LINDA WERTHEIMER, HOST:
In recent years, Germany has processed more asylum applications than any industrialized nation. And some Germans are not happy about the resulting demographic changes. In Dresden last week, 17,000 people joined a demonstration organized by patriotic Europeans against the, quote, "Islamization" of the West.
Josef Joffe is publisher of the German weekly Die Zeit. He says the protesters' anger is driven by a number of overlapping factors.
JOSEF JOFFE: They are talking about rapid technological change, which makes lots of jobs obsolete, which threatens people with downward mobility. Plus, we are talking about immigration, globalization, competition. And so, if you want to bring it down to one basic common denominator, I would call it defensive nationalism.
Stop the world. Keep this out. Keep out the markets, keep out capitalism, keep out foreigners, keep out refugees. Stop the world; I want to get off. No, stop the road and keep it beyond our borders. And that is the common European phenomenon.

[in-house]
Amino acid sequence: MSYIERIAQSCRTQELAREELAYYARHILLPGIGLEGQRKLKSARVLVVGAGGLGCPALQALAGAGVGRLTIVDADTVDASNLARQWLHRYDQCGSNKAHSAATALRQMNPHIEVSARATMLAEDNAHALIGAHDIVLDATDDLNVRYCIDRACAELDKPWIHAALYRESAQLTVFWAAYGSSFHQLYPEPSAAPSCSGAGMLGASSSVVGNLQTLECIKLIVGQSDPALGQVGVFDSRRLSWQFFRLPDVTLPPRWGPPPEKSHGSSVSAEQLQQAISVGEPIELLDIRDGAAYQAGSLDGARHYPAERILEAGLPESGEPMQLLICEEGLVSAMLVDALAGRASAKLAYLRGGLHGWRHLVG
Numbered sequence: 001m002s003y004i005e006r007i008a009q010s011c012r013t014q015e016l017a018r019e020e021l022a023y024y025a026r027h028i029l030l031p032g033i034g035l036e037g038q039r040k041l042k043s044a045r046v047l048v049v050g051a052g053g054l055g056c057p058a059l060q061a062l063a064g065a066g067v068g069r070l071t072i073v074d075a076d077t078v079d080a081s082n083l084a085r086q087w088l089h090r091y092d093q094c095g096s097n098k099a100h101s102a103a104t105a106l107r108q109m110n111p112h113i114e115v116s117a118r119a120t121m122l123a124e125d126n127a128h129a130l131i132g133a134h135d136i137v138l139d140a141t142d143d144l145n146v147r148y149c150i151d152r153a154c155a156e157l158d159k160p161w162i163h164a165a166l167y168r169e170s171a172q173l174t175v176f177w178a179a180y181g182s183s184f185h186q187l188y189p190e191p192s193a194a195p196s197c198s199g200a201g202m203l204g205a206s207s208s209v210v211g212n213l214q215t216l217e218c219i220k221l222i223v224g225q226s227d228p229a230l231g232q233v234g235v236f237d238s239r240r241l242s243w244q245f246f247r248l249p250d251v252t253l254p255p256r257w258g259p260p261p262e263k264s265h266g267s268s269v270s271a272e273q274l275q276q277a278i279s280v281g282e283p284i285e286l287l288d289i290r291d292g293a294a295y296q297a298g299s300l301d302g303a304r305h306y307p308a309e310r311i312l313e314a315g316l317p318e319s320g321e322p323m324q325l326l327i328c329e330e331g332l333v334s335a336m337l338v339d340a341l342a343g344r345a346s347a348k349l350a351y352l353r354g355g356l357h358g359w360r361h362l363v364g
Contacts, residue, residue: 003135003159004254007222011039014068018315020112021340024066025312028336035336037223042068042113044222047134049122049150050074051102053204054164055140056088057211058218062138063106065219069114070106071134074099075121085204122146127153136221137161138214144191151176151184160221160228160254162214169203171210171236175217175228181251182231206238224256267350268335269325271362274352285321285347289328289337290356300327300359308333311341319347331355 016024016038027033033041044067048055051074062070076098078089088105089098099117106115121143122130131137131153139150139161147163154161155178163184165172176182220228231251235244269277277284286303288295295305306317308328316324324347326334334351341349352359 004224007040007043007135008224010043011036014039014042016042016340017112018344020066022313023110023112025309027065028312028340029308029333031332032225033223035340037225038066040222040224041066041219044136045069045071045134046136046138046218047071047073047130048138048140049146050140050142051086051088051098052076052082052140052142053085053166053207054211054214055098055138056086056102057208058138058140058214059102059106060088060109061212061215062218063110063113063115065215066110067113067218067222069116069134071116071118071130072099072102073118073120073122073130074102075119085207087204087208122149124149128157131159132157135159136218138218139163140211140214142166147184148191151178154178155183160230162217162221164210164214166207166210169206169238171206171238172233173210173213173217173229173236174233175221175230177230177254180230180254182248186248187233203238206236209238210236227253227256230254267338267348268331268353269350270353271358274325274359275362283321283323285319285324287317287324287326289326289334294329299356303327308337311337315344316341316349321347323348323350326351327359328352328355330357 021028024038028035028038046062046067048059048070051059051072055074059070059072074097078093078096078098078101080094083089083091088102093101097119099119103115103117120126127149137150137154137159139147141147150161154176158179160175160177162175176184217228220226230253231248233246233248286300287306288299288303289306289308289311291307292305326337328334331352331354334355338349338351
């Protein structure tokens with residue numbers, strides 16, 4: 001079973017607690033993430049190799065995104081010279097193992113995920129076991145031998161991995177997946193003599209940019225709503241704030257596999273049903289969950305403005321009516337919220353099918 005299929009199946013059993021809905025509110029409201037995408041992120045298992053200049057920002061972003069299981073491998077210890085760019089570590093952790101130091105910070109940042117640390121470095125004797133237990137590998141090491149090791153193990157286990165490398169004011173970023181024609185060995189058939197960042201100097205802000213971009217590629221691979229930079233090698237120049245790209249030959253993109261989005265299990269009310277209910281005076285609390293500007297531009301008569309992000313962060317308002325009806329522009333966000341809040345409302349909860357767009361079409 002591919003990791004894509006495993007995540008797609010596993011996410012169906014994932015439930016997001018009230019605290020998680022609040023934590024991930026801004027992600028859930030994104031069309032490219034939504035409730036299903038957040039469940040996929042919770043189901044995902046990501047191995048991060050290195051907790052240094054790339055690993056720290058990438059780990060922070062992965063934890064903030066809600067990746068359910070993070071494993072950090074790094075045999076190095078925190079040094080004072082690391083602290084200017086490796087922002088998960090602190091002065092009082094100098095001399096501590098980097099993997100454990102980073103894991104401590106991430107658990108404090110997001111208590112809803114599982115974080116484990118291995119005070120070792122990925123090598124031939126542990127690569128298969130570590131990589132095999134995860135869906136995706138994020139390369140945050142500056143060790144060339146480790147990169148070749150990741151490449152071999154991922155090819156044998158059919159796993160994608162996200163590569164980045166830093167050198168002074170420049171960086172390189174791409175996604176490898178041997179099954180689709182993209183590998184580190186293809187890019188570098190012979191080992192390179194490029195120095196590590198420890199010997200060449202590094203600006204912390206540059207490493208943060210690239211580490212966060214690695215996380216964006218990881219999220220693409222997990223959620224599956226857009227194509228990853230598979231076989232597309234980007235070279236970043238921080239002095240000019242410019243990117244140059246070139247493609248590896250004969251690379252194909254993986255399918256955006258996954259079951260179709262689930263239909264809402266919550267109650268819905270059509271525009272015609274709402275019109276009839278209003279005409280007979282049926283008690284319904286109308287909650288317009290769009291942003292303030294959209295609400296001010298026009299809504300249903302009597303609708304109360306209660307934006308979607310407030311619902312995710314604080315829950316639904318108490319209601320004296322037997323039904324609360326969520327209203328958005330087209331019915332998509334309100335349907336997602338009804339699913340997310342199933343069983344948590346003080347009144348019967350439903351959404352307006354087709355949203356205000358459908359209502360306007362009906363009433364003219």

WERTHEIMER: Well, how does race or maybe racism, do you think, factor into all of this? Are people responding to a certain kind of immigrant?
JOFFE: Look, the target is quite clearly Islamic immigration and the religion and the culture that comes with it. On the other hand, this is not a simple, straightforward kind of fascist phenomenon because these protesters call themselves European patriots. And they call themselves as being part of the Judeo-Christian tradition.
What they do demand in their position papers and speeches is we don't want Sharia law to enter the German legal system. We don't want parallel societies. We want these people to assimilate and integrate.
If that is racism, I don't know. Definitely, there is an ethnic component here or ethno cultural component, which is quite clearly directed against Islamic refugees and immigrants. But the European can deal with Muslims in their midst, and I think they will because they have been getting use to this kind of immigration for the last 30, 40 years. And Germany looks a lot more colorful these days than it did 30 years ago.
WERTHEIMER: Josef Joffe is the editor of the German weekly Die Zeit. Thank you so much for this.
JOFFE: OK. Transcript provided by NPR, Copyright NPR.